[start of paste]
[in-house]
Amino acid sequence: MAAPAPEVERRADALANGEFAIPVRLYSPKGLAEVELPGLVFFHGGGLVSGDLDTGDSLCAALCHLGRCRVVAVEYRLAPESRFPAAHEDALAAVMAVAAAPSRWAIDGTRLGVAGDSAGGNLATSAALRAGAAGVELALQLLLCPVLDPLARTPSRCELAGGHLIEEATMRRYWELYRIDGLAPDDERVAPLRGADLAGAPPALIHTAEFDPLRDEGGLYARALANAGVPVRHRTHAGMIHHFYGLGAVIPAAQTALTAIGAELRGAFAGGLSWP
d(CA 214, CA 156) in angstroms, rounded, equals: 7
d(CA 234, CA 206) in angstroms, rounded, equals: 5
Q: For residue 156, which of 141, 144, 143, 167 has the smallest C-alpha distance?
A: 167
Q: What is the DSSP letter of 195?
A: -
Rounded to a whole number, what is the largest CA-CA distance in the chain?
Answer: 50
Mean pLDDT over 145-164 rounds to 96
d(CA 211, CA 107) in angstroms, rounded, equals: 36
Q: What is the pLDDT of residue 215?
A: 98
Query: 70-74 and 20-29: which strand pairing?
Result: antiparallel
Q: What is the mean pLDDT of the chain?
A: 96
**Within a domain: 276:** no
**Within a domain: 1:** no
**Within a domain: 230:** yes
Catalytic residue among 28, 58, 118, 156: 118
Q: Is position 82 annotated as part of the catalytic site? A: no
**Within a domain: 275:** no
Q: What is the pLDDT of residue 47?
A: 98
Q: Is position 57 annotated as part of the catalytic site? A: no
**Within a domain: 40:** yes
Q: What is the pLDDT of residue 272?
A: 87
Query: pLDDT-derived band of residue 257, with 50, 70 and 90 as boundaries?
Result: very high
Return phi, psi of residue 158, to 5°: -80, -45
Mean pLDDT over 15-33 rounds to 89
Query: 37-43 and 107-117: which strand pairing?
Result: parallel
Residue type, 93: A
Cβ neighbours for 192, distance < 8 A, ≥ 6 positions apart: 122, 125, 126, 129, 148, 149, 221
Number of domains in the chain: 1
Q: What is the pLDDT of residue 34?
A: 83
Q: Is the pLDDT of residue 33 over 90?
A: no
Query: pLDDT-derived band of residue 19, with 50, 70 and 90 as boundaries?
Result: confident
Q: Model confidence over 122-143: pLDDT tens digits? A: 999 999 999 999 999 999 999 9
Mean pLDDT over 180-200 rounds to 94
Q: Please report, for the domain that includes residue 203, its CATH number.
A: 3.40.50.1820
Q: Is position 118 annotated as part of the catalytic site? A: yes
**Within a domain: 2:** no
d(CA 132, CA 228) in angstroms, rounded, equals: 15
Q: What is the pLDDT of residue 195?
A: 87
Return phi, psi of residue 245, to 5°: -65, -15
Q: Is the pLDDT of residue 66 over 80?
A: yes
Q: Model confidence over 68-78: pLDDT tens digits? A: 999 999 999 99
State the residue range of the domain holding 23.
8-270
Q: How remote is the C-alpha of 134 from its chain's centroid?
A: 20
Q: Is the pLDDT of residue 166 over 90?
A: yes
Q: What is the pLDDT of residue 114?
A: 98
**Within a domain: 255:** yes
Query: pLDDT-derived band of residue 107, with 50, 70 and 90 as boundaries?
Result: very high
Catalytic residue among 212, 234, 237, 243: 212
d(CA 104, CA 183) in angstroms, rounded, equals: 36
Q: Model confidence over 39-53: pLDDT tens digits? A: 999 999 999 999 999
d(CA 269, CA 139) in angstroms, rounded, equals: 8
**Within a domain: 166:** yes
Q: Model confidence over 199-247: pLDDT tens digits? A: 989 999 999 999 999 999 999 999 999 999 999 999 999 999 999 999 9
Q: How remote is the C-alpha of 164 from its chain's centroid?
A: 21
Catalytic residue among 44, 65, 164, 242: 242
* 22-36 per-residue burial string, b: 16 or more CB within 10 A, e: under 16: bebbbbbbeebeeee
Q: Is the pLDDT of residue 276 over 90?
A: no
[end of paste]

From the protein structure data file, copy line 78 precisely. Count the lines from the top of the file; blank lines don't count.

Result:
Catalytic residue among 44, 65, 164, 242: 242